Candlestick Park Stadium

A permit for the mechanical demolition of Candlestick Park Stadium was issued to Lennar on Tuesday, a permit which would require the exclusive use of heavy machinery, and no explosives, in the demo. When the demolition starts and the use of heavy machinery is happening, there will no doubt be a need for a professional moving company to assist with carrying out the project correctly – there is more available at

While Lennar has also requested a permit to implode the upper decks of the Stadium and then clear the rest mechanically, health concerns raised by members of the public and an ongoing environmental review by the City will likely put the kibosh on the use of any explosives.

That being said, a draft air quality and health risk analysis of the proposed stadium implosion suggests little risk for the surrounding community as long as the wind was “blowing to the east at a speed of at least 2.2 miles per hour” (sorry East Bay) at the time of the implosion.

The Stadium is currently being cleared of hazardous materials, including asbestos, lead based paint, and PCBs in an abatement process which should be completed by the end of the month and after which the soft demolition of the stadium’s nonstructural and recyclable materials will commence.

Whether or not an implosion occurs will likely come down to timing. And if the Stadium is ready to be razed before the completion of the City’s environmental review is complete, don’t be surprised to see the heavy machinery start rolling in.

In either case, Candlestick should be completely leveled within 150 days of the demo team being told to proceed, clearing the way for Lennar’s big plans for Candlestick Point to proceed.

UPDATE: Lennar has confirmed that the stadium will be demolished by way of wrecking ball and the developer is abandoning its application for an implosion permit.

22 thoughts on “Permit To Raze Candlestick Issued, But Without An Implosion”
    1. who cares about the 49ers anymore. they are in the south bay. not driving 2.5 hours on game day to see them. would love for SF to get a team

        1. You clearly haven’t been to a game yet. It might take that long just to get out of the parking lot when the game is over.

          1. ingress/egress was a lot better the last few games than it was earlier in the season. Seems like they made the necessary adjustments.

        2. And unfortunately public transit isn’t any better due the infamous inability of regional agencies to cooperate.

        3. I went to a game midsession and it took me 3 hrs from PAC heights to the stadium door to door. My friend took public transit from emeryville to meet me and it took him over 3 hrs as well, it was well under 45 min for to door to candlestick. They are no longer the “San Francisco” 49ers in my book. Stadium built for Silicon Valley tech execs and located 5 min from San jose. I don’t consider San jose to be part of SF Bay Area . Hoping jack del rio can turn around the raiders because I’m switching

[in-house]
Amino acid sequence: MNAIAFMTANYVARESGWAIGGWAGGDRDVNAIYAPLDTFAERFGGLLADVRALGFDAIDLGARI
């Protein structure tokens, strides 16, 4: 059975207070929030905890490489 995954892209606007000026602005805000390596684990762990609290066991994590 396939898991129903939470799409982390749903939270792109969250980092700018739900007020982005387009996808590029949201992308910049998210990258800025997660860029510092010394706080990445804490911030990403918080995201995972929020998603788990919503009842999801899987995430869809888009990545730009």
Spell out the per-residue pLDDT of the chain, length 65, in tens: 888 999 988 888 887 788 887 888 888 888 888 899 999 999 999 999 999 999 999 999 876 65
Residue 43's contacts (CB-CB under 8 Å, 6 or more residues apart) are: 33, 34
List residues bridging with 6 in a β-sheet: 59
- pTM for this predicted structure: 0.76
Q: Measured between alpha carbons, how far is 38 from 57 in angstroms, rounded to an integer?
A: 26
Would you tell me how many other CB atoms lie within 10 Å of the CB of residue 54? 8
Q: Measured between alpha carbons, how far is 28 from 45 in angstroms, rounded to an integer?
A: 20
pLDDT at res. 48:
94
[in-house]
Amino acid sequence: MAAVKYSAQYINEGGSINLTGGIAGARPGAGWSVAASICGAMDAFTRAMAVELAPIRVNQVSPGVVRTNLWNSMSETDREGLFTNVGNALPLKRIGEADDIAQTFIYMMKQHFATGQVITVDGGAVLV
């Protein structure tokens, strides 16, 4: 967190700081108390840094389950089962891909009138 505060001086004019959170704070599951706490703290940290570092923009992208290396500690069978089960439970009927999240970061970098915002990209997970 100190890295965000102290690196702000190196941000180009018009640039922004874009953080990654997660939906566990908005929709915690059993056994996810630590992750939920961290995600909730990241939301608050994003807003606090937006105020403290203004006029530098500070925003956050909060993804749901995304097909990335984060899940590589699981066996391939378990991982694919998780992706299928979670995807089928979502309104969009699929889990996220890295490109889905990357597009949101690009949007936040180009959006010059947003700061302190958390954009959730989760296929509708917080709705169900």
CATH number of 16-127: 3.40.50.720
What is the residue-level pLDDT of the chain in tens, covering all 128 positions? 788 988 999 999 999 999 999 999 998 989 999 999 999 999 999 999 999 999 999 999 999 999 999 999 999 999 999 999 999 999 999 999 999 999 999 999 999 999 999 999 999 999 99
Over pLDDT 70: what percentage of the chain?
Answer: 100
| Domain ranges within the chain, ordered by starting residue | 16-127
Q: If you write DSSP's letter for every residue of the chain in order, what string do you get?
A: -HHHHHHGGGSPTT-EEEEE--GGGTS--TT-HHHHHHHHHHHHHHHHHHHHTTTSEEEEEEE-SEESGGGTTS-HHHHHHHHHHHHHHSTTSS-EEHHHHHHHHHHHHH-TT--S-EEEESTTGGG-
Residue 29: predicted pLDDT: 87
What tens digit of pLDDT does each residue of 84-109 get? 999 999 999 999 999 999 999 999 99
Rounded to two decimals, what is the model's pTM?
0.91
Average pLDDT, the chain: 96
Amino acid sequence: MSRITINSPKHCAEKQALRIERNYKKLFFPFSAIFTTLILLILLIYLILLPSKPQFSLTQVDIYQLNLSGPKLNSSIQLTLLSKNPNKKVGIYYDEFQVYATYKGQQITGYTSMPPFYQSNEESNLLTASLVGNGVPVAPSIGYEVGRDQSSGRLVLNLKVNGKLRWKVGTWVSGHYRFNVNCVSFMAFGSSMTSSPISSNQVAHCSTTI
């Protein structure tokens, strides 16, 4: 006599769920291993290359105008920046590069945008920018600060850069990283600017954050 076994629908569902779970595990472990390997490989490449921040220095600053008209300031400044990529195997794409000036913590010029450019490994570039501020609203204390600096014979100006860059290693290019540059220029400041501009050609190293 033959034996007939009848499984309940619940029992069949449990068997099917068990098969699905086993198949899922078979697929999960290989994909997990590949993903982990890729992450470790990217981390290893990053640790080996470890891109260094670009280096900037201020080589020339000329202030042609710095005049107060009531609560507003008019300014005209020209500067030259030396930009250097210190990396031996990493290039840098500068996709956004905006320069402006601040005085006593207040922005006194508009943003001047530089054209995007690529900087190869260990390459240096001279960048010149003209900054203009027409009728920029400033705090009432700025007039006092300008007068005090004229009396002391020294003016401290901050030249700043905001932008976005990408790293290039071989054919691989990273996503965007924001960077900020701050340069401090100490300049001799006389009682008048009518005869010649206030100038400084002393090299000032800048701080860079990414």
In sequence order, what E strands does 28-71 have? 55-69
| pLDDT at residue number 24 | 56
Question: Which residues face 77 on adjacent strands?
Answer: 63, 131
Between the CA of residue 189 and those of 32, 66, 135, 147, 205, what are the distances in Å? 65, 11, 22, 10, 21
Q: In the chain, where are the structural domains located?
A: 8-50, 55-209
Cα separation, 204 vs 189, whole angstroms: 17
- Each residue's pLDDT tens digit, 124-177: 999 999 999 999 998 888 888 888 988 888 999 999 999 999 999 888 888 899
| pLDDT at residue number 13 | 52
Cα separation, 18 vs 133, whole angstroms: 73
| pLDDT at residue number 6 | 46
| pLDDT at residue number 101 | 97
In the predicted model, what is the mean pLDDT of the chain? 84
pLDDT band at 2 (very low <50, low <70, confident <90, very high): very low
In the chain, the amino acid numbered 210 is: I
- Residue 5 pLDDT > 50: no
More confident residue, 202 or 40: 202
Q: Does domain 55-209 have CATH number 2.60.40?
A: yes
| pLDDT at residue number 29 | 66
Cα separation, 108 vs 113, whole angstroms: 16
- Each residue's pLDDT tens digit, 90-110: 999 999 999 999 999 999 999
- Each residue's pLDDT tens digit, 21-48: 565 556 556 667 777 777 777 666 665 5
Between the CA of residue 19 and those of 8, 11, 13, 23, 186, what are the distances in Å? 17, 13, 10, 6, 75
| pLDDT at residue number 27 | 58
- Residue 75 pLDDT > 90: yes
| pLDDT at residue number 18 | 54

1. Yup! Agree 100%. Raiders are our local team now. They should really be forced to remove the city from their name because they are not an SF team.

  1. sell tickets and bring a bag lunch

    I wanna see it explode

    I mean implode…Like the 49’ers are this year… 🙁

  2. They should reuse what they can, grind up what isn’t reusable as was done to he old Letterman Hospital in The Presidio. This allowed them to reuse the concrete in remaking The Letterman Complex that houses Lucas Arts now.

    1. On site concrete recycling is SOP for large projects nowadays. My understanding is that it ends up being used as base rock for the next incarnation of the site.

      1. How is concrete reused? How is it possibly cost effective to grind it up to powder? That’d take a lot of energy, no?

        1. It is ground to gravel, not powder. The gravel is then used as base rock for the next project. A few inches of base rock are laid on the compacted earth before paving and other concrete is poured. Base rock is also used for drainage.

  3. They had no problems blowing up Geneva Towers years ago. They were within a densely populated area. Blow up Candlestick and lets move on.

  4. Wouldn’t it have been a simple matter to suppress dust from an implosion by doing it on a really rainy day? Oh yeah, I forgot . . . it doesn’t rain any more.

  5. Illusory benefits of wrecking ball approach. Same amount of dust released, just over a longer period of time.

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